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      Building semantics in the domain of trait data: an OBO Library approach

      Proceedings of TDWG

      Pensoft Publishers

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          Abstract

          As the volume and diversity of digitised trait data grows with ever-increasing speed, there is a clear need to capture the knowledge which contextualises it. Many researchers are addressing similar challenges by using ontology-based approaches to represent knowledge and use it to better structure data across resources, however, there is immense variation in how and for what purpose these ontologies are built. While some approaches emphasise quick and lightweight deployment for specific projects, others spend considerable effort in creating "heavy duty", finely specified semantics for a wide user base. Effectively ontologising trait data collections is likely to require a hybrid of these strategies and must also consider how to meld emerging efforts with those that have matured into well-adopted, production-oriented systems. This contribution will provide an overview of existng ontologies linked to traits, as well as the best practices used to create and develop them within the Open Biological and Biomedical Ontologies (OBO) Foundry and Library (Smith et al. 2007). Specifically, it will outline a collaborative model for future, open development, based on the domain semantics of the Ontology of Biological Attributes (OBA), the Environment Ontology (ENVO; Buttigieg et al. 2013, Buttigieg et al. 2016b), the Population and Community Ontology (PCO; Walls et al. 2014), and recent work on bridging phenotypes and environments (e.g. Thessen et al. 2015). Finally, perspectives on linking trait semantics, and hence trait data, to societal goals via OBO-aligned efforts to represent the semantics of the United Nations' Sustainable Development Agenda for 2030 (e.g. Buttigieg et al. 2016a) will be offered as a means to bridge scientific data with global socio-ecological goals.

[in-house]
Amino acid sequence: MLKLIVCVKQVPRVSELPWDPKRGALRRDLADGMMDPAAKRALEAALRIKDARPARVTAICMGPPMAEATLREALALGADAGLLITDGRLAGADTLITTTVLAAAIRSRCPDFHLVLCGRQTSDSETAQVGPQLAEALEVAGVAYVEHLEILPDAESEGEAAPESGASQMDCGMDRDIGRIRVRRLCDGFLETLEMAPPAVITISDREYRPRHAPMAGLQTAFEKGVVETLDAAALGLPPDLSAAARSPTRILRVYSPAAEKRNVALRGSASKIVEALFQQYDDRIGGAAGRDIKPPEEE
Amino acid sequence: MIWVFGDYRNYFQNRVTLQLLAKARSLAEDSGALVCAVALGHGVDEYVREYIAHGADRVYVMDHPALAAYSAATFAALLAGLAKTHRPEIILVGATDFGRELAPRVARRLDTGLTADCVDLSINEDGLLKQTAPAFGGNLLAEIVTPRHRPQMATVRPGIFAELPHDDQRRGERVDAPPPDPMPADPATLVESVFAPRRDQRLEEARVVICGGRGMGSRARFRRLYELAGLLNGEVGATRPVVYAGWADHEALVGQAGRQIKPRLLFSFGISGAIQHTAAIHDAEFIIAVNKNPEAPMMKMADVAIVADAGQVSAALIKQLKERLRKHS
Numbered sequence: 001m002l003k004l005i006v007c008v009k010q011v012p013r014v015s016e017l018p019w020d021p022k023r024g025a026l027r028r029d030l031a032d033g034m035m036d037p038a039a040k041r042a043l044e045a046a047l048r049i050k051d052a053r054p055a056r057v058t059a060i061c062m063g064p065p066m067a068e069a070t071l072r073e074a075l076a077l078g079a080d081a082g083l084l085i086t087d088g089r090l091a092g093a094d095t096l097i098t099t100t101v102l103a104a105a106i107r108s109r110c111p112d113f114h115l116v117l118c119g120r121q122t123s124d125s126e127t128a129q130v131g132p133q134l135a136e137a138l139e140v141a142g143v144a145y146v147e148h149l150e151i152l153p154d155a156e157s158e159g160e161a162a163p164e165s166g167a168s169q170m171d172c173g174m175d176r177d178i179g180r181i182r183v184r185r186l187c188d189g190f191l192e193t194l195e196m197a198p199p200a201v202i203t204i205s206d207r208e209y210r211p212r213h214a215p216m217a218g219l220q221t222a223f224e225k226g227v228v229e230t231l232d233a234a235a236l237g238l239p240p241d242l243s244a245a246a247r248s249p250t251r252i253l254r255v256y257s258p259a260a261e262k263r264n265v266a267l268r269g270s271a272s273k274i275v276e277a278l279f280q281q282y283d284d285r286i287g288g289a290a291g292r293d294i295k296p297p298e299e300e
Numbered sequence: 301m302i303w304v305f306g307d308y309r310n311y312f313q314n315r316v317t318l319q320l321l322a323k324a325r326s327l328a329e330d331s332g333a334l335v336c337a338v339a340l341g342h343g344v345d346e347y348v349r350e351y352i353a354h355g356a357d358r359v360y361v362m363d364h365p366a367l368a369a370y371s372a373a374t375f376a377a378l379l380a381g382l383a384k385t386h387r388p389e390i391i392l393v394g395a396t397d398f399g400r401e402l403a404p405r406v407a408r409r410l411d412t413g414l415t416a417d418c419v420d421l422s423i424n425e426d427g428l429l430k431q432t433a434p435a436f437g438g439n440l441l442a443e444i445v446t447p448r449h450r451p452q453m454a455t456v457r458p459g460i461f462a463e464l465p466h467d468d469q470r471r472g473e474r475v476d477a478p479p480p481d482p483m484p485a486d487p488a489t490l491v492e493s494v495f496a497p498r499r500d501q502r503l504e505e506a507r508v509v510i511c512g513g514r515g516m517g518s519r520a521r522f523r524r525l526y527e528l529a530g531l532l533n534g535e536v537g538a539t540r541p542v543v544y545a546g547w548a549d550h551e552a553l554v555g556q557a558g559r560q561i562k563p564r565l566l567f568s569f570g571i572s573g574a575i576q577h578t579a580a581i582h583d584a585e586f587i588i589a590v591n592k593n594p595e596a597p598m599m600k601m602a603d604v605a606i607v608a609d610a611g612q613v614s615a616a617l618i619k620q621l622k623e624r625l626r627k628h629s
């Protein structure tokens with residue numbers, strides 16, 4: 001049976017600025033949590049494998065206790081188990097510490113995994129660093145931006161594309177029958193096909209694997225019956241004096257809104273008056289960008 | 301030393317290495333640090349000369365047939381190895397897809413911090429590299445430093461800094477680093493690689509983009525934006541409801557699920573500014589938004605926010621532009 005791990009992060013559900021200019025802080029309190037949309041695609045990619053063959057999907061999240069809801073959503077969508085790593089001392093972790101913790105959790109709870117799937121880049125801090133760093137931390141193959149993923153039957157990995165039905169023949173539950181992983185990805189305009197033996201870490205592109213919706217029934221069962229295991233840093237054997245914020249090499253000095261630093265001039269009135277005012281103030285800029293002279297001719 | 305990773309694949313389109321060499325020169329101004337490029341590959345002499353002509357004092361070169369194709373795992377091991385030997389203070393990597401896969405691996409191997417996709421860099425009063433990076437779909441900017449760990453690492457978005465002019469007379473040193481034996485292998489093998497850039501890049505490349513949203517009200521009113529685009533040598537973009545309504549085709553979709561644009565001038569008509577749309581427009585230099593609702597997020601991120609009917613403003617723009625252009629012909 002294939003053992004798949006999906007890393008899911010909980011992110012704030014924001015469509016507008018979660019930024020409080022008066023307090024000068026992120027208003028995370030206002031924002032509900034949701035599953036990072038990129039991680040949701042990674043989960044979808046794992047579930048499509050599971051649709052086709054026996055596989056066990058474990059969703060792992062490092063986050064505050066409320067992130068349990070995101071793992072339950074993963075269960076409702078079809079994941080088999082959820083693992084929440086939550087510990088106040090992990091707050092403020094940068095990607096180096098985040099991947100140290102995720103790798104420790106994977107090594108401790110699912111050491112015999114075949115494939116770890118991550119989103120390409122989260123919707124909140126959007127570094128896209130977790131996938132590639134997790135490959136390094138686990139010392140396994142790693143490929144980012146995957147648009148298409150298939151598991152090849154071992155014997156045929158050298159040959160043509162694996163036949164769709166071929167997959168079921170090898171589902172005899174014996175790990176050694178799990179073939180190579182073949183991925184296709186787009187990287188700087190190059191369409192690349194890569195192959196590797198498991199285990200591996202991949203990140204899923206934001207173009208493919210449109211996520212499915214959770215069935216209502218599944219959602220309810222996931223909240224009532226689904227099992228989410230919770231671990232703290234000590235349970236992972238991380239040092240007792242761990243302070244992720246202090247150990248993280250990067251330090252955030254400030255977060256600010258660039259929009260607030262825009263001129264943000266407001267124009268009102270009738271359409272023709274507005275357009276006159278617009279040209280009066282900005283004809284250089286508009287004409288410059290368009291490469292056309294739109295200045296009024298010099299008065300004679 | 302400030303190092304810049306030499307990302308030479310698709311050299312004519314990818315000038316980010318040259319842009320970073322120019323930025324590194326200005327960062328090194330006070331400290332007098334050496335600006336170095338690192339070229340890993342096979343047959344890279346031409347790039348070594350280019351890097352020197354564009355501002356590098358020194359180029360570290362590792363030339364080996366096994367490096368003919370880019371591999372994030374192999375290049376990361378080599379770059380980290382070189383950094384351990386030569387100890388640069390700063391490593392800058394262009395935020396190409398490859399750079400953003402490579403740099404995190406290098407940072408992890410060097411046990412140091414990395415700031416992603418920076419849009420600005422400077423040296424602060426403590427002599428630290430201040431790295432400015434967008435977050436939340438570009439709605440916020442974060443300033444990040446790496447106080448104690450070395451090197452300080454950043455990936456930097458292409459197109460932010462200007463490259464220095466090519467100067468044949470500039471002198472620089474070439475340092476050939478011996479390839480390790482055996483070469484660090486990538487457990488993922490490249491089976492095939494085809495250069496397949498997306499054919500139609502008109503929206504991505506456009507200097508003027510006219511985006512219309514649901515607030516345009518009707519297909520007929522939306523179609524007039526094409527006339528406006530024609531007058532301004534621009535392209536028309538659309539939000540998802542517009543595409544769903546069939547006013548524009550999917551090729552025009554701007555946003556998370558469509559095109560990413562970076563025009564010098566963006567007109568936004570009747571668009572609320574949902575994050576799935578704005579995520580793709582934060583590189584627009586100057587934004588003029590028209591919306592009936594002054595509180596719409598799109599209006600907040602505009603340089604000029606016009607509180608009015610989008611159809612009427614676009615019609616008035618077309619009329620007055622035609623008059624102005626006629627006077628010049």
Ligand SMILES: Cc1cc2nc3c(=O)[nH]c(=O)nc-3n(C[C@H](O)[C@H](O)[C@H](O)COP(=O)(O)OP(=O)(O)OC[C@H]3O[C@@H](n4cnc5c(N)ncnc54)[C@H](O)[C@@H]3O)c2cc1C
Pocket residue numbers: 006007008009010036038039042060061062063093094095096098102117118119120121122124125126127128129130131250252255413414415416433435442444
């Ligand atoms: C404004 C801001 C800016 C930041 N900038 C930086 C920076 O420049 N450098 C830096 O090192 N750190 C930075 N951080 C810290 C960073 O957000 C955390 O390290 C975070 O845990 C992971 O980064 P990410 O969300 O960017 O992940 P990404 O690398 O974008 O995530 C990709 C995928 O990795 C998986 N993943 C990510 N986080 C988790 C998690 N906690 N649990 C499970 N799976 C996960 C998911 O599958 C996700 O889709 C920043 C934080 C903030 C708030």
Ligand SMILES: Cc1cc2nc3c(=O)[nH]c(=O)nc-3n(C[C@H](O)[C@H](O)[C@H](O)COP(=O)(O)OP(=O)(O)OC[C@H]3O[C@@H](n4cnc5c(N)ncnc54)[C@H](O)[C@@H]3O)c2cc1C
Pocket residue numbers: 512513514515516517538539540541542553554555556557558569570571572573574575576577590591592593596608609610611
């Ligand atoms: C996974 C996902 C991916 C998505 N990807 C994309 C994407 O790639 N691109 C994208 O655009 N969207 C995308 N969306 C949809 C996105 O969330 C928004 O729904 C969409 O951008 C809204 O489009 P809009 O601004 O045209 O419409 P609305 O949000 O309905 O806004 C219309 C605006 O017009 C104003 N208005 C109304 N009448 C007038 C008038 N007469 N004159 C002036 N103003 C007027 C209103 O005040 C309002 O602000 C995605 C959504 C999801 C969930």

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          Most cited references 4

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          The environment ontology: contextualising biological and biomedical entities

          As biological and biomedical research increasingly reference the environmental context of the biological entities under study, the need for formalisation and standardisation of environment descriptors is growing. The Environment Ontology (ENVO; http://www.environmentontology.org) is a community-led, open project which seeks to provide an ontology for specifying a wide range of environments relevant to multiple life science disciplines and, through an open participation model, to accommodate the terminological requirements of all those needing to annotate data using ontology classes. This paper summarises ENVO’s motivation, content, structure, adoption, and governance approach. The ontology is available from http://purl.obolibrary.org/obo/envo.owl - an OBO format version is also available by switching the file suffix to “obo”.